ThreatPipes expert David Greenwood conducted an interesting experiment – he decided to establish how long the information on bank cards that got into the network went unnoticed and how soon criminals became interested in it. The fact is that over the past two years, fraudsters have tried four times to use the bank card of the researcher, which could not fail to attract his attention.
First, Greenwood received an anonymous Visa prepaid card and himself tried to sell data on it on a darknet. It turned out that it is so simple, and to trade such information on hacker forums you need a reputation and people who can vouch for you. Then the researcher decided to go from the other side and published a fake set of bank card data on several paste-sites, including in the dump and data of his real card (including the expiration date, CVV and billing address).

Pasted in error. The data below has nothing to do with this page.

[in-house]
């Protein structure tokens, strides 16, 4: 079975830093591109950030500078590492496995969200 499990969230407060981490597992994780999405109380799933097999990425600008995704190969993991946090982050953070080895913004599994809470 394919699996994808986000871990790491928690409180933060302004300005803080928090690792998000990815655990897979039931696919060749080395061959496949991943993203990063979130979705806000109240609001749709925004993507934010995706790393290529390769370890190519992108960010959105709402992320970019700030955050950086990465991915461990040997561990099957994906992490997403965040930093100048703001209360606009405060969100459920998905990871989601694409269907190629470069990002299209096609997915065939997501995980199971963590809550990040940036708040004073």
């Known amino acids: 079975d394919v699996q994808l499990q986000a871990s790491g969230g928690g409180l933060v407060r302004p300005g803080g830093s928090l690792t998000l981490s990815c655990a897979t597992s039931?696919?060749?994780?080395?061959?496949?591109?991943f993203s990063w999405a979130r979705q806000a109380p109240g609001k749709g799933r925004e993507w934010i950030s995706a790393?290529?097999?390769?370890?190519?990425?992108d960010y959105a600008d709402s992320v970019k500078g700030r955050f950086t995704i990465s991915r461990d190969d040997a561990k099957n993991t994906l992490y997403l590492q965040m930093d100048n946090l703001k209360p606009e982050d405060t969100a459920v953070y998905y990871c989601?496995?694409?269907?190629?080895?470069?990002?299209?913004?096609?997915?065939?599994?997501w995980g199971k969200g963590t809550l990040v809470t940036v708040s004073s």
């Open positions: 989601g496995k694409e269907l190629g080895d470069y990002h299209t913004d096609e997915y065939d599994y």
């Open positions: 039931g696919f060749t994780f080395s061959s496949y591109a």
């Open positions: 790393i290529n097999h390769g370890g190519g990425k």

After only two hours, a microtransaction was performed on the researcher’s card, designed to verify the reliability of the data. Such tests are usually automated and performed by special bots.
“Within two hours, someone (or something) tried to buy something from a well-known seller in the UK using my prepaid card, ”sums up the Greenwood experiment.
The experience of the researcher proves that the data that got into the network very quickly fall into the field of view of attackers. That is, after a data leak, the account goes literally for hours, which means that measures should be taken (blocking the card, changing passwords, and so on) too quickly.